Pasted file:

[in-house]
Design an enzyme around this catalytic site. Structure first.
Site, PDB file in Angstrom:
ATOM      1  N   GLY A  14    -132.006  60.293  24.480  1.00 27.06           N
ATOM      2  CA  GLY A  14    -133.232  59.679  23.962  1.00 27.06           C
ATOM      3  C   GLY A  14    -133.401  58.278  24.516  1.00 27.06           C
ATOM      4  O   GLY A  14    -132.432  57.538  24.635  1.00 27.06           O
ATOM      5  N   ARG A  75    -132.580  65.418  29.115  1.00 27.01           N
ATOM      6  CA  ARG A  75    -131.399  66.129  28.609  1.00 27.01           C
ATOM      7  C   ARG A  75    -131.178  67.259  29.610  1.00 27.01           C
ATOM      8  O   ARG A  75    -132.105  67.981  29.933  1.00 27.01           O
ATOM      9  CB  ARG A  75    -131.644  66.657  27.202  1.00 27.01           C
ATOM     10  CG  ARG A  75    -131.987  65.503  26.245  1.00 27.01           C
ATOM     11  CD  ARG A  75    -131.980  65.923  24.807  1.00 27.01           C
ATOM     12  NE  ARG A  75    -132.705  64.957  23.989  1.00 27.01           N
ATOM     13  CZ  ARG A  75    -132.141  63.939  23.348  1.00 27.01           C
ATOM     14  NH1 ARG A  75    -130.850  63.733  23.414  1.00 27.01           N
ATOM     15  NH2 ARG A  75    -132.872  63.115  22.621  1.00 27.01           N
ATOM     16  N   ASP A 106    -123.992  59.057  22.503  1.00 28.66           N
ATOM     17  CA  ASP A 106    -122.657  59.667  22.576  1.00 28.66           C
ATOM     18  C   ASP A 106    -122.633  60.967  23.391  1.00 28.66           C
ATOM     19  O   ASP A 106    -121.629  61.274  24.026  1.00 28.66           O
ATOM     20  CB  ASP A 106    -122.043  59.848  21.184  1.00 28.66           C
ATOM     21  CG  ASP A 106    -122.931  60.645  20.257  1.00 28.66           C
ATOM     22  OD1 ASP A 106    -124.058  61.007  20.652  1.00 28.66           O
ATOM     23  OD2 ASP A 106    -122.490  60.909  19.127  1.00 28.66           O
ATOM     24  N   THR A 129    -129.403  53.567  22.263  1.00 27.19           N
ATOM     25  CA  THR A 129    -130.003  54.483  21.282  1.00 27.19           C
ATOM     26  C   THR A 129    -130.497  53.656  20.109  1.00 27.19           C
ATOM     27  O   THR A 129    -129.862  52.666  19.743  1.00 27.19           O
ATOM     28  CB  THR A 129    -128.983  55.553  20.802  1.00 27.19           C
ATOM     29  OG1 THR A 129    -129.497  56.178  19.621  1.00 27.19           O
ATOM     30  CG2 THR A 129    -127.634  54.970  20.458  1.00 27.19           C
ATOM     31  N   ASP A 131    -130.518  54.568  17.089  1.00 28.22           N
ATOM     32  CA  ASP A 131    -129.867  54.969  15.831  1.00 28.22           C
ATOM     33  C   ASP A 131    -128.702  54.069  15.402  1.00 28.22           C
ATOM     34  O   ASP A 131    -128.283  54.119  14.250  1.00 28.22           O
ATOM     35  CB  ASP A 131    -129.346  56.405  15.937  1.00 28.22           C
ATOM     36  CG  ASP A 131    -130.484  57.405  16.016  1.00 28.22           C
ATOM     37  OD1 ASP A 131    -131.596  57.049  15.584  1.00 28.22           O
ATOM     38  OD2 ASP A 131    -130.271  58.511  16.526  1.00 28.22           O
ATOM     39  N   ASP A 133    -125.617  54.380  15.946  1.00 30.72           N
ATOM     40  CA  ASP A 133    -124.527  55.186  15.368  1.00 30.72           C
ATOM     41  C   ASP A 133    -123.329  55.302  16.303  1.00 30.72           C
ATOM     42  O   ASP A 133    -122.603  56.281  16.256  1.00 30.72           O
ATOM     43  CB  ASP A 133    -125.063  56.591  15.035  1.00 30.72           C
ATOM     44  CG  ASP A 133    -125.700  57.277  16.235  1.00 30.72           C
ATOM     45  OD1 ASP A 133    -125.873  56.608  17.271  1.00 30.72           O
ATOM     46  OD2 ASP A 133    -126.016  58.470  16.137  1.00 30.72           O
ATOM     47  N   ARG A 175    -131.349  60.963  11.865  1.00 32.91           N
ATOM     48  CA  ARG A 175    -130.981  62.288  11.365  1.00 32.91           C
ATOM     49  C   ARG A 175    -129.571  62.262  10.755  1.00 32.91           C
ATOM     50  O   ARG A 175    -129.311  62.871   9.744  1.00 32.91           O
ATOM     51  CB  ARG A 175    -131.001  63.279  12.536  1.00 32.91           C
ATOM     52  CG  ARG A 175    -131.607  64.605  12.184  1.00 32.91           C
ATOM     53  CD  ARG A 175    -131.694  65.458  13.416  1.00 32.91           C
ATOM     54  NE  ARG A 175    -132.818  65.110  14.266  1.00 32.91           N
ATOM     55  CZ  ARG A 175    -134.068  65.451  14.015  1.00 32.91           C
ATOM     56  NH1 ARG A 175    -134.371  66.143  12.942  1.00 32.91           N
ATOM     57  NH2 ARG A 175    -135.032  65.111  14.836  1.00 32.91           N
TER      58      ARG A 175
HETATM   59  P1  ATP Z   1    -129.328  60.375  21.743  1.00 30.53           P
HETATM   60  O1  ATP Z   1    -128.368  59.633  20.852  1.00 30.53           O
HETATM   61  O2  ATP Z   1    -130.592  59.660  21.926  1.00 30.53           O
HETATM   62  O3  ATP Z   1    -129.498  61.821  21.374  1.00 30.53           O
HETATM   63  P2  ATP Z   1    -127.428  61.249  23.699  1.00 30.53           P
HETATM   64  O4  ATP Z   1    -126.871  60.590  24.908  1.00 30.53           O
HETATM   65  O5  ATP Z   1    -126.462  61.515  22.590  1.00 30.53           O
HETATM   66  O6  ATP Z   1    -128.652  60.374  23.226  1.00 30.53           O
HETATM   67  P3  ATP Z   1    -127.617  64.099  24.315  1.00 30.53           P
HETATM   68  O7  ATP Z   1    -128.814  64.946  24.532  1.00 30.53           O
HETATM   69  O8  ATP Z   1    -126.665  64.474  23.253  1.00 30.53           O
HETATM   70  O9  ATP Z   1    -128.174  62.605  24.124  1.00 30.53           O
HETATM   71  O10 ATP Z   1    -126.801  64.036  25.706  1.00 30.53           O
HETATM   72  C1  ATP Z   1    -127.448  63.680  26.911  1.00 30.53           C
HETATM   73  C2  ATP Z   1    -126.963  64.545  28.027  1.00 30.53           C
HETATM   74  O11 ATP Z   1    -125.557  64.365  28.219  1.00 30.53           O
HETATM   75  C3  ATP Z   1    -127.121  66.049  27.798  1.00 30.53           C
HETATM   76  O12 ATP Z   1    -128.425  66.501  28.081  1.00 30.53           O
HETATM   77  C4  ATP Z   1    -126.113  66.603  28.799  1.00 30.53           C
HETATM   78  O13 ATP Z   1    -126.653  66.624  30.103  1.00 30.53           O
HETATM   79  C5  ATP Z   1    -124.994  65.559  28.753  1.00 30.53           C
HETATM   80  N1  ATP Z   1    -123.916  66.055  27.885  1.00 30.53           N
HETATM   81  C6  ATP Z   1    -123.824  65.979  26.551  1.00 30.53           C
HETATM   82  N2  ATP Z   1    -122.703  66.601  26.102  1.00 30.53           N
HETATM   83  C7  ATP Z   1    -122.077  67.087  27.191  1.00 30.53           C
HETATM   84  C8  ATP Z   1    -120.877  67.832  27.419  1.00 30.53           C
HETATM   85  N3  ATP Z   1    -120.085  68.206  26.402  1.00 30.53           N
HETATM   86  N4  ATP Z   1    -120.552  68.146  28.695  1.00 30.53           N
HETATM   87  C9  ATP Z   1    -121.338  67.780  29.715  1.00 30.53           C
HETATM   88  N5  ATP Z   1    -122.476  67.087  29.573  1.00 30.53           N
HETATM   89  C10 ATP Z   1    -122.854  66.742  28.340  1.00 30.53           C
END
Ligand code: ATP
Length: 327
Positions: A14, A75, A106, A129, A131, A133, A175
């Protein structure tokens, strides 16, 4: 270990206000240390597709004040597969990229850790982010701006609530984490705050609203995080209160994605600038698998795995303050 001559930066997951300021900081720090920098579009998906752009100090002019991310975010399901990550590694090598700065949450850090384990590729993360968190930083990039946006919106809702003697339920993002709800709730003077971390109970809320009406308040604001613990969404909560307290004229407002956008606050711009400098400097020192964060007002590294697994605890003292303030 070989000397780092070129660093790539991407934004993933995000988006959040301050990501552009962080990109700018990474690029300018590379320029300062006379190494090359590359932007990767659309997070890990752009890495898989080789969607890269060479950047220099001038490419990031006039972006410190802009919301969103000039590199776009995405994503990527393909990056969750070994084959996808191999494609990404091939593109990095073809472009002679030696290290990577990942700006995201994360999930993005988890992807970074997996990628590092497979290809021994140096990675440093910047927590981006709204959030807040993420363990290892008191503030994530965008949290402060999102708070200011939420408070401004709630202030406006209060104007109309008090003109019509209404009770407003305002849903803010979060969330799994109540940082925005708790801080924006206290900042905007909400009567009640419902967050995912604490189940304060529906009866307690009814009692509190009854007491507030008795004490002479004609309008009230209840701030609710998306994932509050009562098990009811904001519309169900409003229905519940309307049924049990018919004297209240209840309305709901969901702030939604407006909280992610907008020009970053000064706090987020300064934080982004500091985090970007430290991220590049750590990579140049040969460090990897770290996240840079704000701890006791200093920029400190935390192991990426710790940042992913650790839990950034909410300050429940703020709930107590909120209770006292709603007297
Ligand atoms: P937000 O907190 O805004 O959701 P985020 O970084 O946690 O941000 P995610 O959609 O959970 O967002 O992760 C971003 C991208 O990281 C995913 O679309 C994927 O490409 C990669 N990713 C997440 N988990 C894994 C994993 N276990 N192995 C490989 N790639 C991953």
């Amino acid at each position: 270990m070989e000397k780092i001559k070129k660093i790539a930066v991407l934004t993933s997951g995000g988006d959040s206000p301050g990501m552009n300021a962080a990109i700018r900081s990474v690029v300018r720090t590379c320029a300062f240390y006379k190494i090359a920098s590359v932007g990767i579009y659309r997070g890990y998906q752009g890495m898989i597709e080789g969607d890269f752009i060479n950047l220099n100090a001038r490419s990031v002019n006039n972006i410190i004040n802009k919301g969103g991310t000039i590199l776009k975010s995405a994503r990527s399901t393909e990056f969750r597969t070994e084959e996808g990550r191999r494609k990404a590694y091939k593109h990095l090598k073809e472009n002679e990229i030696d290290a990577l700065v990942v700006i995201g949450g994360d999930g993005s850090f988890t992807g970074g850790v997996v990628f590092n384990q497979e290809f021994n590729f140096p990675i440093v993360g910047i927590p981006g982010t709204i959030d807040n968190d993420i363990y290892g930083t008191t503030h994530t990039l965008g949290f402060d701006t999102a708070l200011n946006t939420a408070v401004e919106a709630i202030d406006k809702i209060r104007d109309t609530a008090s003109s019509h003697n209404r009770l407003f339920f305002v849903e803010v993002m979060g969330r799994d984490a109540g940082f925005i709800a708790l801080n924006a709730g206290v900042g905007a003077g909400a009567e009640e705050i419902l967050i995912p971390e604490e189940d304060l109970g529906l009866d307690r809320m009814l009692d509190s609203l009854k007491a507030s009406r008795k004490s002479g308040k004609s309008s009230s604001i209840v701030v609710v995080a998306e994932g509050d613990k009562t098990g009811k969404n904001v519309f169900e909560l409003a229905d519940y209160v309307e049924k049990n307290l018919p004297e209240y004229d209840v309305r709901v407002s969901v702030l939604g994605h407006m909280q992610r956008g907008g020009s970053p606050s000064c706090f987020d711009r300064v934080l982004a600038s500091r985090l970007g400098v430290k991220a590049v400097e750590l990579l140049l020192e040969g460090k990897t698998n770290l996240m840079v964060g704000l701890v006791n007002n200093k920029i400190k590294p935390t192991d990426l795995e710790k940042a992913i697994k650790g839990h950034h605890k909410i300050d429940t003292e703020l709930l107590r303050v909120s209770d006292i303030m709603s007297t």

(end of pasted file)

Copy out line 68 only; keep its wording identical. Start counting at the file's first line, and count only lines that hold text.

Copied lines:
HETATM   65  O5  ATP Z   1    -126.462  61.515  22.590  1.00 30.53           O